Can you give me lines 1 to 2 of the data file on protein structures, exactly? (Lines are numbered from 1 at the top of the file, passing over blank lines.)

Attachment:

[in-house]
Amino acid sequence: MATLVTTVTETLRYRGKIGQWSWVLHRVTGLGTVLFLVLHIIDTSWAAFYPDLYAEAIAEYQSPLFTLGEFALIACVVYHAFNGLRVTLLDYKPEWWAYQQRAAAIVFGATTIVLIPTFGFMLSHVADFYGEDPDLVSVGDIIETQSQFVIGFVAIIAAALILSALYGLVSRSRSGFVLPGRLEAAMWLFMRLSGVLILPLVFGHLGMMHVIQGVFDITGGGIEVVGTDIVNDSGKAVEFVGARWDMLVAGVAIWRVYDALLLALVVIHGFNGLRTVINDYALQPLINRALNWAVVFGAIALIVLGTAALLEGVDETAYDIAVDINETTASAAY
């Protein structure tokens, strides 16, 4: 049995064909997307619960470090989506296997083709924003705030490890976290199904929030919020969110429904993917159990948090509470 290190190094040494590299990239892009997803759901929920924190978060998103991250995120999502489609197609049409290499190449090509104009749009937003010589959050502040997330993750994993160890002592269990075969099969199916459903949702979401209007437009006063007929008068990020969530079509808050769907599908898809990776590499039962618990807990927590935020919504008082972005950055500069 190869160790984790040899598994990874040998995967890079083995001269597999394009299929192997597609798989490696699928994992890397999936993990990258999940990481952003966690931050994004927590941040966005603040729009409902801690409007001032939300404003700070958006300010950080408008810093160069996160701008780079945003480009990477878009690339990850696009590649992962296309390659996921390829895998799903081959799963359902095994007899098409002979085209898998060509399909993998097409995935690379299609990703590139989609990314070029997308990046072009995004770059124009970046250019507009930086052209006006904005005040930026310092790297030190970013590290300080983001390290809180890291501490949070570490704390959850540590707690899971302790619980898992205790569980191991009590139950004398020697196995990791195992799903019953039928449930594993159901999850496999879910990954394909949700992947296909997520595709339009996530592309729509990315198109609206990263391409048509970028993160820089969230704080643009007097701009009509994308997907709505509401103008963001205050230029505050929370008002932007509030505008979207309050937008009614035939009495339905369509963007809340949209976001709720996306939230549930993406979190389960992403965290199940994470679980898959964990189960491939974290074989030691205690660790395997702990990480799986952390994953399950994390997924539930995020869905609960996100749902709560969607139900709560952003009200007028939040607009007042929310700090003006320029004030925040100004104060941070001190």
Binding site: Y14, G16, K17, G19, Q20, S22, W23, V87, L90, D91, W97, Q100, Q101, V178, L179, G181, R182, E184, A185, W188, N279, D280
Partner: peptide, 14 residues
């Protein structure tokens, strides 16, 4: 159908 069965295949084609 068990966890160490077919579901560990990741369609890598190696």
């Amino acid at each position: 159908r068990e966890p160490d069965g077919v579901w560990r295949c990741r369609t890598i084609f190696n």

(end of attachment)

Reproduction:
[in-house]
Amino acid sequence: MATLVTTVTETLRYRGKIGQWSWVLHRVTGLGTVLFLVLHIIDTSWAAFYPDLYAEAIAEYQSPLFTLGEFALIACVVYHAFNGLRVTLLDYKPEWWAYQQRAAAIVFGATTIVLIPTFGFMLSHVADFYGEDPDLVSVGDIIETQSQFVIGFVAIIAAALILSALYGLVSRSRSGFVLPGRLEAAMWLFMRLSGVLILPLVFGHLGMMHVIQGVFDITGGGIEVVGTDIVNDSGKAVEFVGARWDMLVAGVAIWRVYDALLLALVVIHGFNGLRTVINDYALQPLINRALNWAVVFGAIALIVLGTAALLEGVDETAYDIAVDINETTASAAY